Rachel is going to school and working in a bookstore in Cork when she meets James, who almost immediately asks her to be his roommate. The two become close friends, but things get complicated when Rachel's crush on one of her professors evolves in a direction none of them expected. This Irish lit fic is excellent, a bit of a coming of age, a bit unrequited love and a lot of complications that people can find themselves in. And really, I like the author's Goodreads review: "I wrote this book and it's a banger"
Rating: 4.25 stars
Yellowface by R.F. Kuang
How far will you go to get a book published, to get the accolade you (believe) you deserve? June Haywood and Athena Liu were friends, or frenemies, from school on through writing careers of varying success. Athena is a "literary-darling" and June barely gets a first run. But when Athena dies, leaving behind a first draft of a new novel she hasn't shown anyone, what else is June to do but to take a few passes at it. And then present it to her publishers as her own work. Even though this is about the contributions of Chinese laborers during WWI which isn't exactly a topic June has tackled before. And when her publisher suggests changing her name to Juniper Song (her full first and middle name) to differentiate from her earlier, less-successful work (and maybe be a little ethnically ambiguous), well what is she to do? The bits of the book that deal with the subtle and not-so-subtle racism in the publishing world were the strongest for me, though honestly the whole thing is pretty great. And Kuang nails a protagonist who is wholly unlikable but very compelling to watch, so well done there.
Rating: 4.5 stars

Stephen Fry's Victorian Secrets by John Woolf, Nick Baker and Stephen Fry
I was in between library holds and frustrated I couldn't get the timing right (as I said above) so I went looking through my audiobook library for something relatively short and that I could dip in and out of as needed and stumbled on this. It's a reread (relisten) about secrets around the Victorians, if that wasn't evident by the title, around topics such as sex, homosexuality, grooming, seances, and the general role of secrets in the society. It's interesting enough, with some interviews with historians and reenactments of some scenes but honestly it's also a bit forgettable. Which I guess is a case for relistening?
Rating: 3.5 stars
Death Comes to Marlow by Robert Thorogood
The sequel to the Marlow Murder Club and the club is back, this time solving a murder that was apparently predicted. Sir Peter Bailey is about to get remarried and invites club leader Judith to the engagement party, despite the fact that they don't really know each other. But Sir Peter seems to think something will happen at this party and he wants Judith, who was more than a little responsible for helping solve a murder in town the year before. When Sir Peter is found crushed beneath a large cabinet in a room locked from the inside, the police initially think it was an accident, but Judith and the other members of the Marlow Murder Club think otherwise. A fun, cozy mystery, that doesn't shine quite as strong as the first book but honestly, I'll still prob read more.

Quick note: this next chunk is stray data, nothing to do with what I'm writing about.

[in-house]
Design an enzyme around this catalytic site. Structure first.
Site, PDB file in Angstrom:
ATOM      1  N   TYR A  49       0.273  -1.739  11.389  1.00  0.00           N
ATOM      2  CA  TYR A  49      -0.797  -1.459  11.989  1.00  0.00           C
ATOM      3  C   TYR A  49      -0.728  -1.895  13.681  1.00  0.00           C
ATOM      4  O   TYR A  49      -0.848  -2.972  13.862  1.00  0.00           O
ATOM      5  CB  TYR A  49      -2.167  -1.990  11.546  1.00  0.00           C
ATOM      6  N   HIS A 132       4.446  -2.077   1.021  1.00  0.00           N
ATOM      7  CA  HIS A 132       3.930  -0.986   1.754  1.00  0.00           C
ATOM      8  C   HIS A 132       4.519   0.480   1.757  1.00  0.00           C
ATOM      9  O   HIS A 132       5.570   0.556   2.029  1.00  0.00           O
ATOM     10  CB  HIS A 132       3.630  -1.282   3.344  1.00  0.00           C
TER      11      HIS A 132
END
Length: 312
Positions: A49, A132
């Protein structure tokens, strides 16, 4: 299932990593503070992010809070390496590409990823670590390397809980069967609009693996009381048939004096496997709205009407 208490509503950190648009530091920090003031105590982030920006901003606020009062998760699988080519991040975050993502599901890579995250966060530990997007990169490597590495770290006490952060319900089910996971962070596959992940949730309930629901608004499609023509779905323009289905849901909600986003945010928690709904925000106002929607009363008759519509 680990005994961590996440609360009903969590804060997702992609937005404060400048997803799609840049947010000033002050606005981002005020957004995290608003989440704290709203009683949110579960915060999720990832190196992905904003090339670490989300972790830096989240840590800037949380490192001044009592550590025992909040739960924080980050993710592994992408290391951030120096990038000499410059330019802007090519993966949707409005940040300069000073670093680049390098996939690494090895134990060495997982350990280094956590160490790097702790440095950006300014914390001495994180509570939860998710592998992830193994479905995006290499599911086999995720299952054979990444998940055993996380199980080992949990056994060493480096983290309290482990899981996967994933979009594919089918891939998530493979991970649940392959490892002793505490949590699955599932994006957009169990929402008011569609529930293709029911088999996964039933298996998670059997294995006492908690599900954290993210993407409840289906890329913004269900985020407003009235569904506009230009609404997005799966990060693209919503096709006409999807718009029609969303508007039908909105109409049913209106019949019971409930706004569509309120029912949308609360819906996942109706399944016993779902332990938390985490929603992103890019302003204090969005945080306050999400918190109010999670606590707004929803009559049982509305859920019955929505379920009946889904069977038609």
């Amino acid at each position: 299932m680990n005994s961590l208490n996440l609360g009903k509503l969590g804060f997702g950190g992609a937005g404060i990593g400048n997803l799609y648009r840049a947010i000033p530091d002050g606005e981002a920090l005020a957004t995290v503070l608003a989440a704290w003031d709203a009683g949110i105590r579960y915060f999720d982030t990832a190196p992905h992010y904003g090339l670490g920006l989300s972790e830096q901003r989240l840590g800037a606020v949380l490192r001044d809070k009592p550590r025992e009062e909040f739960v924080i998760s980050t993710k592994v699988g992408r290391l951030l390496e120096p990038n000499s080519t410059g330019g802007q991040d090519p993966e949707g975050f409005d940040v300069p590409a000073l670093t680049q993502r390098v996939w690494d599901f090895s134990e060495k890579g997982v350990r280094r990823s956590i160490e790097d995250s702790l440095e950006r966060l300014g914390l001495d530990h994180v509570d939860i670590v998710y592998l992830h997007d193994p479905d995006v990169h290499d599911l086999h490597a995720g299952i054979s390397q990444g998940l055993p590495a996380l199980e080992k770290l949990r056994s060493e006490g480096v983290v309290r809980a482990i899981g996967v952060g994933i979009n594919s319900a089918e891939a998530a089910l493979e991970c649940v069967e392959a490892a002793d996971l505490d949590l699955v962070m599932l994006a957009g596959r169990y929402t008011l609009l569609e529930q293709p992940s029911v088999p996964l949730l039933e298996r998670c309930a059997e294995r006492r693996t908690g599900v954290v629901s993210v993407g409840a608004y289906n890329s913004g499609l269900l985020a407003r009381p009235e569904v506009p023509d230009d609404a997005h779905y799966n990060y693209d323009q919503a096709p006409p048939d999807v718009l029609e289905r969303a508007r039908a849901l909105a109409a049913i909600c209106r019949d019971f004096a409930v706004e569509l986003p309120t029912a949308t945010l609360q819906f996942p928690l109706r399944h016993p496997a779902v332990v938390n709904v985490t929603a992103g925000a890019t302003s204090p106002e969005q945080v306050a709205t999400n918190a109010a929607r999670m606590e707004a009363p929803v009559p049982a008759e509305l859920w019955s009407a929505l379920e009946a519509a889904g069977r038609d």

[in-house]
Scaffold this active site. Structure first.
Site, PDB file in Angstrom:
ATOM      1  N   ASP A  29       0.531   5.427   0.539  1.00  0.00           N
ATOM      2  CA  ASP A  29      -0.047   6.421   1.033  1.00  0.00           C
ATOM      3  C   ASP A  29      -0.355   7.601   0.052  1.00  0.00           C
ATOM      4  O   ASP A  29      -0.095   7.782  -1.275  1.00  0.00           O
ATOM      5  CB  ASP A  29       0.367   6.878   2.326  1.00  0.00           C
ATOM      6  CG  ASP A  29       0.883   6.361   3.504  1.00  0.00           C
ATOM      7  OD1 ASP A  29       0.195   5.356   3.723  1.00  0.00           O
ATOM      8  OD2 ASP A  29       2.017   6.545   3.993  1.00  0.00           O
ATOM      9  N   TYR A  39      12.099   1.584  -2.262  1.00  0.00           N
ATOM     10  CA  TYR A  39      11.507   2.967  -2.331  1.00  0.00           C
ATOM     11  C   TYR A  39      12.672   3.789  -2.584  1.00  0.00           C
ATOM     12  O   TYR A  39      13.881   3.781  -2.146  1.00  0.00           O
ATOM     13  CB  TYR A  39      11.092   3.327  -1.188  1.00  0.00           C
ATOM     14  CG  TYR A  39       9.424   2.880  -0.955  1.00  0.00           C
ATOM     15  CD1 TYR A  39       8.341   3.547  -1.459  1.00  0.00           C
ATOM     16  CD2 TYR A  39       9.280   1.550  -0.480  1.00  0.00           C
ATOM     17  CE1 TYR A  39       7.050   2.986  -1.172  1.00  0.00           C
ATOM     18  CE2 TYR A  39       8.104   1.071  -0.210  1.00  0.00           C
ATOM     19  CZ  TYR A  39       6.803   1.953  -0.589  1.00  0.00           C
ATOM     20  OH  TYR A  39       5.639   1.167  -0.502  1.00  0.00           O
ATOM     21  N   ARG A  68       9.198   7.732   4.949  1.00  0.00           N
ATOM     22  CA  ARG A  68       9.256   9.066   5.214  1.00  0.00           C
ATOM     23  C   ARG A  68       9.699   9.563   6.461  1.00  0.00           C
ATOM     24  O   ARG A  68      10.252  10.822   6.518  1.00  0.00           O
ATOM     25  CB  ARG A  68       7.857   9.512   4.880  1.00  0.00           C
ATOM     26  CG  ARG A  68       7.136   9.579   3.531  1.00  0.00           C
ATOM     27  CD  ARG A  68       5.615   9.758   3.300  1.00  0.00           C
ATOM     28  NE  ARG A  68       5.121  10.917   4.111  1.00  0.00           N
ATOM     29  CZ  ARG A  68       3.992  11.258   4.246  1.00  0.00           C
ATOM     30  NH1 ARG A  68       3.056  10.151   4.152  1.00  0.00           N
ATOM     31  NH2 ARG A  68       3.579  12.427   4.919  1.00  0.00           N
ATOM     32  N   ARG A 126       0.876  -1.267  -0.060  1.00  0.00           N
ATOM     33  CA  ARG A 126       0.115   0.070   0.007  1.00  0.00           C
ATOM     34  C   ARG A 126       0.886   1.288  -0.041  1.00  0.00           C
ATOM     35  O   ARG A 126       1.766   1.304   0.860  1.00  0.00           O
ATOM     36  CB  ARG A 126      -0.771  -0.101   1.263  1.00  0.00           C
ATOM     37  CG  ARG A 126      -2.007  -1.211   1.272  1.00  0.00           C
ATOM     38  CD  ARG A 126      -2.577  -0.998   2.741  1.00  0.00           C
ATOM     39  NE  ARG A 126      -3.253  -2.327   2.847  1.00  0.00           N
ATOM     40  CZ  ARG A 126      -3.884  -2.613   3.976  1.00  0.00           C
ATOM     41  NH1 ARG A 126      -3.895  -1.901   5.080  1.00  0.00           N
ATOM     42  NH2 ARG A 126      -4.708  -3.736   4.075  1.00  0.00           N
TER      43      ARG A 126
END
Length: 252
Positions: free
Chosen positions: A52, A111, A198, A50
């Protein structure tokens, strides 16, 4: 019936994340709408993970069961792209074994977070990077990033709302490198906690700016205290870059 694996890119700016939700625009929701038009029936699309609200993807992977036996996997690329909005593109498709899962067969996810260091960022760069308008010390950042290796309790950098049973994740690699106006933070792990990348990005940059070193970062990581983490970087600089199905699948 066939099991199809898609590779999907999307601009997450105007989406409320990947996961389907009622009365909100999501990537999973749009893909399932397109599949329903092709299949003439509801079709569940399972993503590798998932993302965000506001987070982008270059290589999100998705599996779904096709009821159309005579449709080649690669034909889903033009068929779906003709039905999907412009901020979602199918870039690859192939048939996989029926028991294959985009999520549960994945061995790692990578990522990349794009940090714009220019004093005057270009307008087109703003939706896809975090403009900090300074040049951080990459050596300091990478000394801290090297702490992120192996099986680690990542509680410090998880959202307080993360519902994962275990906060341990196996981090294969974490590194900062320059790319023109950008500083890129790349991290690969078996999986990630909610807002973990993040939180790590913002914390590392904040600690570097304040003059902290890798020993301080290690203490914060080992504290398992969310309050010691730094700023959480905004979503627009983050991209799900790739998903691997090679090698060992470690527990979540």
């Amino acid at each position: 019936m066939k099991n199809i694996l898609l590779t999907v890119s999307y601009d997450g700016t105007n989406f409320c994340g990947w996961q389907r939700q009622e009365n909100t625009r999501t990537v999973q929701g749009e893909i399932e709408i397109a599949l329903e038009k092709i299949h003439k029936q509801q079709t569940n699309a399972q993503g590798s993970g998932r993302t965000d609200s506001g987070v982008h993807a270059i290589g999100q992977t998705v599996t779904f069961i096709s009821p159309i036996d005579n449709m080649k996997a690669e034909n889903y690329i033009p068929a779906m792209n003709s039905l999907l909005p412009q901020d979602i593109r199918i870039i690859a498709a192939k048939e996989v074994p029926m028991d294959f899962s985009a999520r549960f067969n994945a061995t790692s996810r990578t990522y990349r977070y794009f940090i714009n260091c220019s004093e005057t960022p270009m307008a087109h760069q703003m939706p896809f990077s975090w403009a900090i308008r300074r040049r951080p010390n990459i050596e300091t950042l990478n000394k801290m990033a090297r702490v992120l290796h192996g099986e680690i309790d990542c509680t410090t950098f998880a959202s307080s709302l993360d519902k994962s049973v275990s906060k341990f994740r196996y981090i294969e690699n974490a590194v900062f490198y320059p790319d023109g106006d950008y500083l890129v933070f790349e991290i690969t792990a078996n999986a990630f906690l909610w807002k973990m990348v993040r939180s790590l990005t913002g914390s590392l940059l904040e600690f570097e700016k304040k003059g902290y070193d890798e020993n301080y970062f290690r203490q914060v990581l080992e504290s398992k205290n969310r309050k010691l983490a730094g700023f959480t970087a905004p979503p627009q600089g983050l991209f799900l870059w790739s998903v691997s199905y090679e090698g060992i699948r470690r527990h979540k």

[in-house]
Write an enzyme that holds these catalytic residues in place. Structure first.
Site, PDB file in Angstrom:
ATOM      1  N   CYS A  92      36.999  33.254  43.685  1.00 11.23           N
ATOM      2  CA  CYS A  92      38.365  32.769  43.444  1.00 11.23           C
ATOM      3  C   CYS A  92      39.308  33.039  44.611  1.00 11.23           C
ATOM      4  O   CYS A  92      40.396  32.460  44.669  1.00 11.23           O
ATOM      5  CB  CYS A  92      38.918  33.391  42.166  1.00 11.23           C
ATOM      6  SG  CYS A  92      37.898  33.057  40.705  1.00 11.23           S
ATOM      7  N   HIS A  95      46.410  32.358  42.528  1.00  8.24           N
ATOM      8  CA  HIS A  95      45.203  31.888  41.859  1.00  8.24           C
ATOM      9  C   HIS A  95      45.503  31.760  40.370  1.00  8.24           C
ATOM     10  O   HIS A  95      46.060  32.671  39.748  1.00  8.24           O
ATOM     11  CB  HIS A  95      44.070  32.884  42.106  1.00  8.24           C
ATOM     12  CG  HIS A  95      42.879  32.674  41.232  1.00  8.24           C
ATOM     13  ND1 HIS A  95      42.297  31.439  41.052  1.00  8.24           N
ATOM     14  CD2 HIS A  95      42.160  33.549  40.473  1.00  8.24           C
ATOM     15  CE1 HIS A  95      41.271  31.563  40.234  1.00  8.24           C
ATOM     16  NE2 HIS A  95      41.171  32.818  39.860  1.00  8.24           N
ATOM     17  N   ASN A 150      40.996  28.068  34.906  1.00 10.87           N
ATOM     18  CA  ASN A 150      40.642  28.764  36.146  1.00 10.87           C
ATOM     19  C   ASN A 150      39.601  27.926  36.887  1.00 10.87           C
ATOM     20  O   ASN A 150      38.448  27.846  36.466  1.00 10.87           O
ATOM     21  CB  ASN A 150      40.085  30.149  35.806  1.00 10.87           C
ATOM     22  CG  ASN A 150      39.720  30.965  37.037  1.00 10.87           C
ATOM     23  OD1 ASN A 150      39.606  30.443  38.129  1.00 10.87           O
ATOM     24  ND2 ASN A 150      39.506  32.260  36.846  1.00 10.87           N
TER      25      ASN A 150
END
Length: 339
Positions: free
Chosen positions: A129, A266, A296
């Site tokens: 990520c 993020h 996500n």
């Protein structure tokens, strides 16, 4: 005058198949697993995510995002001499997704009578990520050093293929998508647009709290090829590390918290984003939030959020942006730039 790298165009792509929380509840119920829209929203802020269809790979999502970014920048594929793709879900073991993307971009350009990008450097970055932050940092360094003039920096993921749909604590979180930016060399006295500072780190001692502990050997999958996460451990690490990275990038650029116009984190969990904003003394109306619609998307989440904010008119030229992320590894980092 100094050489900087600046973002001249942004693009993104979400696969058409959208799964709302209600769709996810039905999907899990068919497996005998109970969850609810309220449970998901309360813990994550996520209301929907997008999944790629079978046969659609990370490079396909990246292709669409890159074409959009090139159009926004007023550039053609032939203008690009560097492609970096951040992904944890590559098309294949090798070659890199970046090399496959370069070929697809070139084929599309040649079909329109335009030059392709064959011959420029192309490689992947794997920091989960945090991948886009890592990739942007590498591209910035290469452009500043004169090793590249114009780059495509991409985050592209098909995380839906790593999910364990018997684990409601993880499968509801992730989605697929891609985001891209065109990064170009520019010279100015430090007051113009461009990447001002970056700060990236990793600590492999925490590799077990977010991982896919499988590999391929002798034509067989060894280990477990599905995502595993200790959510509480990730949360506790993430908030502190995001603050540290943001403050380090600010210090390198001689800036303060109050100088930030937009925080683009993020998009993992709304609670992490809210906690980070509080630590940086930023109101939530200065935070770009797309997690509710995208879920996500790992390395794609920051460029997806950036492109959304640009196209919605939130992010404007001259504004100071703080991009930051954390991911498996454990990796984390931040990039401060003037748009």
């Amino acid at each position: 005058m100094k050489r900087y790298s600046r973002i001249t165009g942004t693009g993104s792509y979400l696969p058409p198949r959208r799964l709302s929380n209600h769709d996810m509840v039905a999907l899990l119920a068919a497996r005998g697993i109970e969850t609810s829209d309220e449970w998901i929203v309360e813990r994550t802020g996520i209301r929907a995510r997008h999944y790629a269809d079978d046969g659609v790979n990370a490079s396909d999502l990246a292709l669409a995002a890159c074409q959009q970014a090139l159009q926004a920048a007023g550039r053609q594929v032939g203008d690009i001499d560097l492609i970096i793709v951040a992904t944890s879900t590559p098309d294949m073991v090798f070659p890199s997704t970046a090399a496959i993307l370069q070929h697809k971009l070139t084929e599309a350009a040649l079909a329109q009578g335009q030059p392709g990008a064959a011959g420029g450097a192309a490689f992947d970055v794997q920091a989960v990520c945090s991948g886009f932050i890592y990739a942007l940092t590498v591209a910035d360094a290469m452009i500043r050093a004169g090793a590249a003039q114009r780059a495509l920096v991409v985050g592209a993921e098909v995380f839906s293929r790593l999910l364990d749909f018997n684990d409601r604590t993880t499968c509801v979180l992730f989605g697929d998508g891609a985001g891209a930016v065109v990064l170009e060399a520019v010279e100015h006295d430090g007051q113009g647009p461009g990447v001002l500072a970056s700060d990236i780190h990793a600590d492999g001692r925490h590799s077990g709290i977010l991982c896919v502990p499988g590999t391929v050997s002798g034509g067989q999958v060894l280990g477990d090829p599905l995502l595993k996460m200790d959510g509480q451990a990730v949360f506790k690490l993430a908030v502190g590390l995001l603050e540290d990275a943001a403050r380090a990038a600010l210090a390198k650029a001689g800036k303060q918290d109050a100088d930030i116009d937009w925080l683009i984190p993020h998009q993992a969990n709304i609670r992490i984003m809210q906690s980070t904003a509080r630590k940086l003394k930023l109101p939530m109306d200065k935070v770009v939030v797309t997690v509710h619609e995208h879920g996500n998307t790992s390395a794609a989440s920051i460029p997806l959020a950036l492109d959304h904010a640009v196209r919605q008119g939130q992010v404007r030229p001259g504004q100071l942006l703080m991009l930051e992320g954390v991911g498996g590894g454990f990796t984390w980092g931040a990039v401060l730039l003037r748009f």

Rating: 4 stars
Off With Her Head: Three Thousand Years of Demonizing Women in Power by Eleanor Herman
A historical look at various women in power and how they have been treated and mistreated by a misogynistic agenda. Looking at topics, such as a preoccupation with women's appearance, sexual depravity, her shrill voice, etc. Herman looks at how terribly women in power have been treated simply for being women. The book is good though infuriating to see how little things have changed in some regards. The structure of the book is a bit odd, as she comes back to the same few historical figures multiple times and there is a lot more time spent on contemporary leaders (Clinton, AOC, Harris) than I would have expected.
Rating: 3.5

Pages read
1,628

Fiction
60%

Female authors
60%

BIPOC authors
20%

US authors
20%

Rereads
20%

Book club
20%

Book format
audiobook - 100%

Where'd I get the book
Kindle/Audible: 20%
Library: 80%

Decade published
2010s: 20%
2020s: 80%

Resolution books
80%
The Rachel Incident is by an Irish author
Yellowface is by a Chinese author
Victorian Secrets and Death Comes to Marlow are both by UK authors

Thursday, November 2, 2023

October Reading Wrap-Up+